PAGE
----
Free ranging can be done without a rooster, of course. But w only 2 chickens, I would worry about predators decimating my flock. Having a 3rd, and it being a rooster, might be just the answer. He'd be the one to test the waters for danger, as he would be likely to defend the girls. I lost a rooster and a hen together to coyotes. But I had 9 chickens, and have since raised replacements. They are limited in their free range time now. And there's a new young rooster. I like having him on watch. He really does keep an eye out, while the hens are always eating.
    Anyway, good luck, let us know how it goes....
     
    Last edited: Aug 18, 2018
  5. bobbi-j

    bobbi-j Crossing the Road

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    You could give it a try, but have an exit plan for him if it doesn't work out well. Sometimes a lower in the pecking order cockerel will change once the others are gone. You don't need a rooster to free range. Often, he's just a speed bump for whatever is going to eat them anyway.
     
  6. Hyper_Chicken05

    Hyper_Chicken05 Songster

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  7. Folly's place

    Folly's place Free Ranging

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    Back to the OP's question! It's not a bad idea to try keeping the mildest cockerel, and see how things develop. Your new hens may teach him some manners, which is a good thing, although having more hens will be better for everyone.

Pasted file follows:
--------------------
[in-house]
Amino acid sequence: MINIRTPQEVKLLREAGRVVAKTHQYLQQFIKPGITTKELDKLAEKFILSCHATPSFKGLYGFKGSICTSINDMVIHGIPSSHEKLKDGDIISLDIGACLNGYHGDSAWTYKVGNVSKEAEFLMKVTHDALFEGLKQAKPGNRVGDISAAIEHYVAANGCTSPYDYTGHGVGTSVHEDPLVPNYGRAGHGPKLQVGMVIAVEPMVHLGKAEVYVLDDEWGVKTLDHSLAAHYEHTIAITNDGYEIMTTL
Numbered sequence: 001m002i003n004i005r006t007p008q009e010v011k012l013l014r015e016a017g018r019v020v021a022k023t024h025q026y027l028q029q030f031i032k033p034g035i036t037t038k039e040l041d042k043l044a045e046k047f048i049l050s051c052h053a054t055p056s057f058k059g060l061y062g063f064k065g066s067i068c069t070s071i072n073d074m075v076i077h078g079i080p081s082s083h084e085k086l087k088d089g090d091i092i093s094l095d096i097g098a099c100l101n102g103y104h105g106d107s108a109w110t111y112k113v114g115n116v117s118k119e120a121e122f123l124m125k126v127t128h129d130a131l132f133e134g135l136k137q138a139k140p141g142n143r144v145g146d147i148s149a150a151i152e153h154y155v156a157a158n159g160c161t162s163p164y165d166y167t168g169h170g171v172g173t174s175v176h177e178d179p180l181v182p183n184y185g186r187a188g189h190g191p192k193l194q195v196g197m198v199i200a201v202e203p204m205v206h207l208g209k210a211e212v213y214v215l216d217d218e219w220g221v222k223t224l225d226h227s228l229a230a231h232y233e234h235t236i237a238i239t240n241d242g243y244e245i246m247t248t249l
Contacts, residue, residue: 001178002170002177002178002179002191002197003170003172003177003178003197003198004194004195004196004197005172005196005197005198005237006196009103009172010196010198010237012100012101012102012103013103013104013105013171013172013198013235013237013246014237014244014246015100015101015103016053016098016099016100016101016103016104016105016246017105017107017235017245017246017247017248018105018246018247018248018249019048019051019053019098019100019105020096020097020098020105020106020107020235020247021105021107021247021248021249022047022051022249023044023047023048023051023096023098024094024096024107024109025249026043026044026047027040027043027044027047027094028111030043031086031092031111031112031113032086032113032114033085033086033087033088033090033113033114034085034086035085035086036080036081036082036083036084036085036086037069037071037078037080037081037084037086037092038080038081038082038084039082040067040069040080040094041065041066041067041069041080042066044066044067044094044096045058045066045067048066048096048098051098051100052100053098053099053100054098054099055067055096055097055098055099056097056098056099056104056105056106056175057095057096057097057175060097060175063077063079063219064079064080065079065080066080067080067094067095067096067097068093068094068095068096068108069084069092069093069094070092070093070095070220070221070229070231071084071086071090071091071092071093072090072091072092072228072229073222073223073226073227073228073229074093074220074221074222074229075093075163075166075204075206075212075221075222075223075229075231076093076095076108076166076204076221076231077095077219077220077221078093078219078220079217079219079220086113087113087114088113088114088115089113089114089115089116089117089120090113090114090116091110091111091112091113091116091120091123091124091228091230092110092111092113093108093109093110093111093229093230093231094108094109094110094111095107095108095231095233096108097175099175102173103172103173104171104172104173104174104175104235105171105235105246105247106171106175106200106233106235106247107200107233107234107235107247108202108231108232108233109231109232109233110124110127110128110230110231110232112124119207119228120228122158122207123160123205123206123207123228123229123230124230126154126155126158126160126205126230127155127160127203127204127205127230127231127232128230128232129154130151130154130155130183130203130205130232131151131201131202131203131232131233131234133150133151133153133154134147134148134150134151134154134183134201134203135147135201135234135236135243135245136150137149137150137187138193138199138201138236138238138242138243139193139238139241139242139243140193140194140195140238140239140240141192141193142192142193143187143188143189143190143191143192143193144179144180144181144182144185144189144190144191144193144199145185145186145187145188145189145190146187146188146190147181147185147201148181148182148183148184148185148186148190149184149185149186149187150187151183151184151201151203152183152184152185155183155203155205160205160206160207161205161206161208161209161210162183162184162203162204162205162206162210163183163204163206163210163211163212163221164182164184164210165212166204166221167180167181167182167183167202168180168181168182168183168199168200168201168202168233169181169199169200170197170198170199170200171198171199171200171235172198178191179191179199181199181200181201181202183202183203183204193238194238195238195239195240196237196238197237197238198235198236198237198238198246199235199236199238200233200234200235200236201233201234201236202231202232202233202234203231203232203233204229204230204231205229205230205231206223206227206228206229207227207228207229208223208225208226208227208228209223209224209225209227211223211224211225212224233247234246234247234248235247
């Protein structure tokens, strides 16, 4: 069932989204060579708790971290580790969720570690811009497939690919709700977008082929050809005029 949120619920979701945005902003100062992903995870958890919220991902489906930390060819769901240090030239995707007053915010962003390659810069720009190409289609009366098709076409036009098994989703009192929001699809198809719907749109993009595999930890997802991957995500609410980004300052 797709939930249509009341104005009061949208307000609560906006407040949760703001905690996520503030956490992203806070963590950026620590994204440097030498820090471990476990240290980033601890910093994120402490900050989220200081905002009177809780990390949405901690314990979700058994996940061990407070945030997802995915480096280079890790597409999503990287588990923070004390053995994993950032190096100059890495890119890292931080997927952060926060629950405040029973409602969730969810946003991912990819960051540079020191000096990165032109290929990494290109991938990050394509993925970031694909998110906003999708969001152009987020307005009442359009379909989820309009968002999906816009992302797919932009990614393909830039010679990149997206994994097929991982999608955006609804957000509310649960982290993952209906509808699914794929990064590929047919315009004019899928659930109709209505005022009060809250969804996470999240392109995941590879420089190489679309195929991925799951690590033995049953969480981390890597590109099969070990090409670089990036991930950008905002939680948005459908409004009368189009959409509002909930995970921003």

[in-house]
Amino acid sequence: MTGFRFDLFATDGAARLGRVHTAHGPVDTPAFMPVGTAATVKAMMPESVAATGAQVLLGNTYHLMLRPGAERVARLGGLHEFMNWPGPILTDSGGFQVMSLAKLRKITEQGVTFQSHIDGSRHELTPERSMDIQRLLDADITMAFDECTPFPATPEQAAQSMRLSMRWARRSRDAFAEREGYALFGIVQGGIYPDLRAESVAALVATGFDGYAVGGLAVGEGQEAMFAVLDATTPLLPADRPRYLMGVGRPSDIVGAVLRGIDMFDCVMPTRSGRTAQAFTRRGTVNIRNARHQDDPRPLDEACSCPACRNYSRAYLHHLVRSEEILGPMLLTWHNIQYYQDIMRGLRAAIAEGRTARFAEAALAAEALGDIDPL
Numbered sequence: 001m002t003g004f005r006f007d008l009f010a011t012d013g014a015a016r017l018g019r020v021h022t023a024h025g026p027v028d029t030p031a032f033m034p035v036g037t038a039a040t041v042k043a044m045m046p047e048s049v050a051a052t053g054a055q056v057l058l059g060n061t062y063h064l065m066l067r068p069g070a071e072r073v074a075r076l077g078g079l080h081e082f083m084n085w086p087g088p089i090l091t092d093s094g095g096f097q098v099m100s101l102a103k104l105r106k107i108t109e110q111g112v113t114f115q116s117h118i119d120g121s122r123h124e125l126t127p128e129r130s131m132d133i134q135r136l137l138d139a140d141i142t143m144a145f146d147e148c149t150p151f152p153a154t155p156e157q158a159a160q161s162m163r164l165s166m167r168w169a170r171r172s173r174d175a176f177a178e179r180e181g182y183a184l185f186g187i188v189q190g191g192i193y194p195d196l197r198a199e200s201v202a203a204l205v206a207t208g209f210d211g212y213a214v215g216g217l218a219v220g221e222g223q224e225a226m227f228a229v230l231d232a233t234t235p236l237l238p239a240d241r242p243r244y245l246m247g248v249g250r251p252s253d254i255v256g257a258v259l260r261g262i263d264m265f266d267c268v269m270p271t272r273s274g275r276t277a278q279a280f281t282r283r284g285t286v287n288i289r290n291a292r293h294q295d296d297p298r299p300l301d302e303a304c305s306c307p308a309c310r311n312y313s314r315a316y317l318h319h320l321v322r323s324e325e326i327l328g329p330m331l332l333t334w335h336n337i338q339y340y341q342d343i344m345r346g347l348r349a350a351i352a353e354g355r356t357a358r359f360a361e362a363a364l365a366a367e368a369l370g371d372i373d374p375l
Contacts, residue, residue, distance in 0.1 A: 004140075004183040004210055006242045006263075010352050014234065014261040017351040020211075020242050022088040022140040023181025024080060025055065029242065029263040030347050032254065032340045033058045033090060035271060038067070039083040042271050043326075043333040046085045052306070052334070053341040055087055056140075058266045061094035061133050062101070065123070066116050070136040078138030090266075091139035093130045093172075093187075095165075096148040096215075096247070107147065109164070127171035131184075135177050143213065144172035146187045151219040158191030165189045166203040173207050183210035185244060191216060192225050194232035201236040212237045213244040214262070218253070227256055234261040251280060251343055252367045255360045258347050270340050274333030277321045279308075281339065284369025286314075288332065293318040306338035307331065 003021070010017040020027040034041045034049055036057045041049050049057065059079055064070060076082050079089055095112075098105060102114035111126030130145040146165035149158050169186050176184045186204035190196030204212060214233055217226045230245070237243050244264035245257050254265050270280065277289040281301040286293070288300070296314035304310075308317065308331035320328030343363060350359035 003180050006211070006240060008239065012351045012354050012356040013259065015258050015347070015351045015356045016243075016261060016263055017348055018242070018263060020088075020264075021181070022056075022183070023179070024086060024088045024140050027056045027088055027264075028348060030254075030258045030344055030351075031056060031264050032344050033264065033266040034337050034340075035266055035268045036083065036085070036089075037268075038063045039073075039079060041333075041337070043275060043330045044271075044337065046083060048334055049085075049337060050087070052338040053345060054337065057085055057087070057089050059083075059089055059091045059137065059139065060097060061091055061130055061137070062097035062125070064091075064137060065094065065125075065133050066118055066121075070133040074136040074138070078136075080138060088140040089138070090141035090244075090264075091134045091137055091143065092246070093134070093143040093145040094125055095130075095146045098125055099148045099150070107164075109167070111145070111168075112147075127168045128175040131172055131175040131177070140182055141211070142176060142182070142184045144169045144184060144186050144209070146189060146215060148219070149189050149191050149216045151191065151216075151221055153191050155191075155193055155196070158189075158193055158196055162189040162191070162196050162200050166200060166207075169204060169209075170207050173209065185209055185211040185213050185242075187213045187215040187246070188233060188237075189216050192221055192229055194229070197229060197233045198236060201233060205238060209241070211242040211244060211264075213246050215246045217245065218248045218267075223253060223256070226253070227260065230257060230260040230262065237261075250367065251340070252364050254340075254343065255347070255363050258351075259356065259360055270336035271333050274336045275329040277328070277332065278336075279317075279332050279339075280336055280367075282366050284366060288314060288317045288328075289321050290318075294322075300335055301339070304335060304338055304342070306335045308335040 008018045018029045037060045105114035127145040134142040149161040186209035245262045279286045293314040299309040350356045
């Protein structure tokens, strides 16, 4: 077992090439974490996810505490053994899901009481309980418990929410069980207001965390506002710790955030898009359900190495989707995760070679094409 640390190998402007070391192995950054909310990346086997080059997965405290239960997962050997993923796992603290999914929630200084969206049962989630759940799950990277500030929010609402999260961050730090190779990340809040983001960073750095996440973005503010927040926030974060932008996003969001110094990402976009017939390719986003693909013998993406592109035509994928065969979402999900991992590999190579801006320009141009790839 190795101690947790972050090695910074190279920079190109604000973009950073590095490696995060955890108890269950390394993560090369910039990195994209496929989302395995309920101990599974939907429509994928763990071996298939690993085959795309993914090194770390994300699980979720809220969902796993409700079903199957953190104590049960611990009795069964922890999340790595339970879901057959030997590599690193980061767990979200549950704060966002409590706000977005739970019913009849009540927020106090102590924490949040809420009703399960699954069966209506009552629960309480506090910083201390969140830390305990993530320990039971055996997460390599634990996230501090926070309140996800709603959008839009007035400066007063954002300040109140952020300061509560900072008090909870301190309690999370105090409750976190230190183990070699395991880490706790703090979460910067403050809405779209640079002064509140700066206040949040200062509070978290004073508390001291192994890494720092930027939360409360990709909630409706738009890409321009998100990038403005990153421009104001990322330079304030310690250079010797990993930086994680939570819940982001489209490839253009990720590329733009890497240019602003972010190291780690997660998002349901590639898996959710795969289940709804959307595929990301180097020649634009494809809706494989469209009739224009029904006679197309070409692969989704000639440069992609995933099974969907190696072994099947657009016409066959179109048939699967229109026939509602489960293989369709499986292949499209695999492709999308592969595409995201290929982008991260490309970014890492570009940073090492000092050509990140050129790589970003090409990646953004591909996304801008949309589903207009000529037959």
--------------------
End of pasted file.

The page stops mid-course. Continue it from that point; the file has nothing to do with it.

Read beekissed's article about managing roosters, it's very helpful! Some of us have had a lot more experience with cockerels and cock birds, over many years. I love having roosters in my flock, and they are all polite boys. The only kind to keep!
    Mary
     
  8. Salamander1914

    Salamander1914 Chirping

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    My rooster Pumpkin eats in front of me all the time. And he pecks me all the time, just not hard at all. I think he's more interested in if my jumper tastes nice than actually hurting me.
     
  9. chuckachucka

    chuckachucka Crowing

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    To the OP I think it is worth giving the young rooster a chance, as long as you have no problem with the noise of course. Apart from eating, there is nothing my hens like more than following their man around. Yes roosters are good as a security guard for your girls but you will be surprised how much your girls will like having him around, once they have accepted him fully.
     
  10. Shadrach

    Shadrach Roosterist

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    No you don't need a rooster to free range hens.
    Someone in this thread described them as a speed bump, while that's a bit unkind there is an element of truth in it.
    The roosters I've had here (I've had quite a few) do save some of the hens from some of the predators. The downside is they die doing it.
    What people don't often take into account is the deterrent effect of a rooster.
    Most of the hens that get killed here get killed going to and from egg laying, not when they are in the group. A good rooster does reduce the risk in this case.
    If you decide you do want to keep one rooster, don't pick the sweet cuddly one, pick the bad mother and let him do his job.